Category Archives: Academic Blog

A Note on Categories, Census and Otherwise

One of the things that was attractive about studying the Newbery Awards was the fact that these awards have been given for almost 100 years. This gives us a grand view of changes over time. However, when studying trends, changes in categories affect results.

For example, an early question became, how do we label people from groups which have been assimilated into whiteness over the past 100 years? This was of particular concern when it came to groups such as Jews and Italians who faced discrimination for much of the 20th century. For this, we decided that we would eventually label these groups as white but give them a signifier beyond that in our data. That way, we could reflect the current ideas on these groups and represent the differences between them and a white, Anglo-Saxon protestant. These labels will likely appear in a future iteration of the project.

But when it came to broad categories, we wanted a system that would allow us to compare our results to the larger demographics of a given time period. For this we based categories on US Census categories. But to pretend that this created a “neutral” way of viewing results is extremely flawed, as we had simply adopted the same prejudices which formed the categories for the US Census. Not to mention the bias in the way the census is/was collected. Census takers could not even choose their own race until the 1960 census. Before that, census workers chose for participants.

These categories have changed over time but have been relatively stable since the 1970s. We are in a census recording period right now, and many people do not feel that the census can accurately record their identity. Government agencies have always been slow to reflect social change, and this causes issues trying to get people to participate in public initiatives. Other community members, especially those who are undocumented, are skeptical of the project of the census in general because of privacy concerns.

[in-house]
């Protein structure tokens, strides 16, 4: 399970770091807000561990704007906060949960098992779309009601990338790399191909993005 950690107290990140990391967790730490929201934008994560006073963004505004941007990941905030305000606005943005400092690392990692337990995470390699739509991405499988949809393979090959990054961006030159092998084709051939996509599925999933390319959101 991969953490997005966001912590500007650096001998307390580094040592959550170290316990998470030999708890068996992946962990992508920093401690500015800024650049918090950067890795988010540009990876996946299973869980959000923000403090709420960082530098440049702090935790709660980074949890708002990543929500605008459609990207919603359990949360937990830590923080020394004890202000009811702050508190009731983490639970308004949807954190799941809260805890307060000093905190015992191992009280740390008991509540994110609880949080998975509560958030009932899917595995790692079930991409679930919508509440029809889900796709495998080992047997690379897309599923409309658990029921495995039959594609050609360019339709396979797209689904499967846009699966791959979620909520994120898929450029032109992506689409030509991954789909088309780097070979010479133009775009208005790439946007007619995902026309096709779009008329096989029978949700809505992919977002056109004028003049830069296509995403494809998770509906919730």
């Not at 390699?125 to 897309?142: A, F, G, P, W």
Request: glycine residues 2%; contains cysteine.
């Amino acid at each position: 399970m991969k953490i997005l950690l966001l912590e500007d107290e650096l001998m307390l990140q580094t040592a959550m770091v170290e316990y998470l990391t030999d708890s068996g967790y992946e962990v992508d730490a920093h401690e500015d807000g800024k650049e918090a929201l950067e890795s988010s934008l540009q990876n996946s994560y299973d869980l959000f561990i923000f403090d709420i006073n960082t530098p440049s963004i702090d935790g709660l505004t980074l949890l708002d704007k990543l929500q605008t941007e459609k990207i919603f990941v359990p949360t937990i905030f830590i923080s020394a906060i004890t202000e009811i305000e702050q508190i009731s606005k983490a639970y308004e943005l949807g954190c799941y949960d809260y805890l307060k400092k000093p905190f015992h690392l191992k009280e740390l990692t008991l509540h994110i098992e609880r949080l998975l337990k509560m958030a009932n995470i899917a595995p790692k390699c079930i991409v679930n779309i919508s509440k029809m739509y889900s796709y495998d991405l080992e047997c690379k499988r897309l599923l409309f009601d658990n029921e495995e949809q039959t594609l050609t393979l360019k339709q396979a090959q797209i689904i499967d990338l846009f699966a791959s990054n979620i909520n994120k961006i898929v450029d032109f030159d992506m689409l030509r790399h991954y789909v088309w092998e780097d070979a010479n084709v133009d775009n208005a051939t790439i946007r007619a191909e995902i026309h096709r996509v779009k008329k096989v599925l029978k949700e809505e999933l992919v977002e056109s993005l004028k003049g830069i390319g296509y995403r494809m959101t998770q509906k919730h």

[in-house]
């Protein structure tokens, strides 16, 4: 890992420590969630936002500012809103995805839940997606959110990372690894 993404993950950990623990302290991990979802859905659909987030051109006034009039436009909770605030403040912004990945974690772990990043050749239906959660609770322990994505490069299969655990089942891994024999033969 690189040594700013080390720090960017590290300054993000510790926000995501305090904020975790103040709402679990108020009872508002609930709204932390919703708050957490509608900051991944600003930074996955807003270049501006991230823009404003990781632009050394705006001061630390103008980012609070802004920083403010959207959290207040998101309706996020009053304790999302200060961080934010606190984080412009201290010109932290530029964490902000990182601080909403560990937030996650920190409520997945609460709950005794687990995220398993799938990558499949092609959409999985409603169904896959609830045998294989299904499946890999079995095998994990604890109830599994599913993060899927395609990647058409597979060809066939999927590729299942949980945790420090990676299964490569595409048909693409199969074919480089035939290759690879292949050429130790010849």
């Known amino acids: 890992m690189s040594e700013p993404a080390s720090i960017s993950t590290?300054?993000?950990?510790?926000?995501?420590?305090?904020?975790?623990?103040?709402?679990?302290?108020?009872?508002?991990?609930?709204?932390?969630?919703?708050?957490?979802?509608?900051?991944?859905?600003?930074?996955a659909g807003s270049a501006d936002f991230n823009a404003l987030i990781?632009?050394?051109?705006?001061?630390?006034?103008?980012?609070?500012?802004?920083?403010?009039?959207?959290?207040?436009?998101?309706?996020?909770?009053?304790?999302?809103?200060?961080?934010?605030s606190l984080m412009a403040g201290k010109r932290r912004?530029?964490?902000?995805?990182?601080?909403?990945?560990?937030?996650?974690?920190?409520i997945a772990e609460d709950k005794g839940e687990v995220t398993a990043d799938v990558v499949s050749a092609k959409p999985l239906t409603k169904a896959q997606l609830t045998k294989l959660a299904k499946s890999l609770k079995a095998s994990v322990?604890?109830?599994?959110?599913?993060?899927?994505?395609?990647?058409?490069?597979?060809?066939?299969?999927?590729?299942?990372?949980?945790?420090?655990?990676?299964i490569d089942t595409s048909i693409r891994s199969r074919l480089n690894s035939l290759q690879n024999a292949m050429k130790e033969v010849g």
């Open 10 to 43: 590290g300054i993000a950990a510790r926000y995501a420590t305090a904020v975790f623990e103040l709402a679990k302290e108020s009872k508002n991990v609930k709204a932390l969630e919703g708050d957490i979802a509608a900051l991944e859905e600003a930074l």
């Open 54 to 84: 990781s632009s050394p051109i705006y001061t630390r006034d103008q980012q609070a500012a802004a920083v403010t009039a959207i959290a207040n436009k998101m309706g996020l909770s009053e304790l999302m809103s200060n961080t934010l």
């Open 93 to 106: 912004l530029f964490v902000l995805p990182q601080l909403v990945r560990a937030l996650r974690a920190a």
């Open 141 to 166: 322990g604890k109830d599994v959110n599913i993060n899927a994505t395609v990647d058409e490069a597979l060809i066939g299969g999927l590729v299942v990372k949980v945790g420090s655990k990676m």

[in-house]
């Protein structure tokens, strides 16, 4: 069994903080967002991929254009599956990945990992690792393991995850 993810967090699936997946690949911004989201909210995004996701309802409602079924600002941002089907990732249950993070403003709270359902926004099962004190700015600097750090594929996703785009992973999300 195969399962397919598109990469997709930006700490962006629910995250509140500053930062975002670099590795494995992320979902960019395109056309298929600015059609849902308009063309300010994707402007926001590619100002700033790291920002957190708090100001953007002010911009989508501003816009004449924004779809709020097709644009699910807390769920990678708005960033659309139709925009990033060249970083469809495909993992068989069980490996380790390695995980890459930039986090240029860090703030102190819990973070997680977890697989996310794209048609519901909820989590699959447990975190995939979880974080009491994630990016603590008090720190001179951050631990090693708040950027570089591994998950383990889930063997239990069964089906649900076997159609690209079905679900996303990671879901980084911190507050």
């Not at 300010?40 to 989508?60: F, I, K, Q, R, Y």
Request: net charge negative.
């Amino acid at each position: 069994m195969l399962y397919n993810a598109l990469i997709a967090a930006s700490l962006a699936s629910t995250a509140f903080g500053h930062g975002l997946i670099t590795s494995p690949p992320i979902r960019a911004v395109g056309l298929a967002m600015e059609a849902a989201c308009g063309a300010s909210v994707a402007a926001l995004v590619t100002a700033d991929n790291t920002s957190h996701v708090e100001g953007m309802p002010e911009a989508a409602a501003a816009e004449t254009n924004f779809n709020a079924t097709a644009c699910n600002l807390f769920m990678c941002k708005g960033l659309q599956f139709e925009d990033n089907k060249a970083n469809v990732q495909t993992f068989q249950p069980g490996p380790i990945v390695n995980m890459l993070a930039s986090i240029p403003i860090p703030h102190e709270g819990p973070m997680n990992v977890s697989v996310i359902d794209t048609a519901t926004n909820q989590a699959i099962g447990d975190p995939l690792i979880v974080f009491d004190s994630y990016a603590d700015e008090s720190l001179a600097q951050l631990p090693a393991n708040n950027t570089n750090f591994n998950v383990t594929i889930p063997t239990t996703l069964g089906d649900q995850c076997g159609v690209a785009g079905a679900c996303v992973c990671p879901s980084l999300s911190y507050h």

In a further iteration of this project, we hope to add different ways of sorting the data to move away from these Census categories. We would keep the Census categories on Tableau public to show how the data changes when more adaptive, community-centered categories affect the way the data is displayed. 

The main thing we found was not a surprise—that is the overwhelming whiteness of these honorees and book award winners. It has been challenging to display this overwhelming trend in a way that does not erase smaller trends or issues that are not whiteness centered. This will be an ongoing process, and we hope for feedback from the communities affected by what we describe in our project. Improving and changing categories should be an iterative process rather than a static one, and we are here to learn the possibilities that are available to us. 

In the meantime, we hope this discussion of the issues with the census categories sparks interest in what’s going on with the census in a general way. It’s a very important way that the federal government allocates funds so it’s important people participate, but when they aren’t accurately represented by the categories, how can they have faith in the process? 

Our Data: In and Beyond the Gender Binary